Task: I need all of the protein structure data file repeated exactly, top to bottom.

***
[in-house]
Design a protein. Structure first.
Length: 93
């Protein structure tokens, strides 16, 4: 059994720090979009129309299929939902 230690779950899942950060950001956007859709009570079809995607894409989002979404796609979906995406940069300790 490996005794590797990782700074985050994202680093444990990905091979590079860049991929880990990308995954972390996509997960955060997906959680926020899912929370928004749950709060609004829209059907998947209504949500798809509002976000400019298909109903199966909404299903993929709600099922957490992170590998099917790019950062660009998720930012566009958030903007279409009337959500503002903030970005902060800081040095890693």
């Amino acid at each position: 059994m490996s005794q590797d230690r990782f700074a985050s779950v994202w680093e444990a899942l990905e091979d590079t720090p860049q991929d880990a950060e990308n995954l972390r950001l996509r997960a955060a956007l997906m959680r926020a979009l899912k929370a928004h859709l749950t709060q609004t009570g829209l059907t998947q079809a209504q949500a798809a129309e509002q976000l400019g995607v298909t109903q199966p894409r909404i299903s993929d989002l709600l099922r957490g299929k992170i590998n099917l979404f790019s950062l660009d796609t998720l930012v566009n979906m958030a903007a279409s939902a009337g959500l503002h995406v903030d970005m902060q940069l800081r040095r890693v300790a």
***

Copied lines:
[in-house]
Design a protein. Structure first.
Length: 93
């Protein structure tokens, strides 16, 4: 059994720090979009129309299929939902 230690779950899942950060950001956007859709009570079809995607894409989002979404796609979906995406940069300790 490996005794590797990782700074985050994202680093444990990905091979590079860049991929880990990308995954972390996509997960955060997906959680926020899912929370928004749950709060609004829209059907998947209504949500798809509002976000400019298909109903199966909404299903993929709600099922957490992170590998099917790019950062660009998720930012566009958030903007279409009337959500503002903030970005902060800081040095890693």
């Amino acid at each position: 059994m490996s005794q590797d230690r990782f700074a985050s779950v994202w680093e444990a899942l990905e091979d590079t720090p860049q991929d880990a950060e990308n995954l972390r950001l996509r997960a955060a956007l997906m959680r926020a979009l899912k929370a928004h859709l749950t709060q609004t009570g829209l059907t998947q079809a209504q949500a798809a129309e509002q976000l400019g995607v298909t109903q199966p894409r909404i299903s993929d989002l709600l099922r957490g299929k992170i590998n099917l979404f790019s950062l660009d796609t998720l930012v566009n979906m958030a903007a279409s939902a009337g959500l503002h995406v903030d970005m902060q940069l800081r040095r890693v300790a």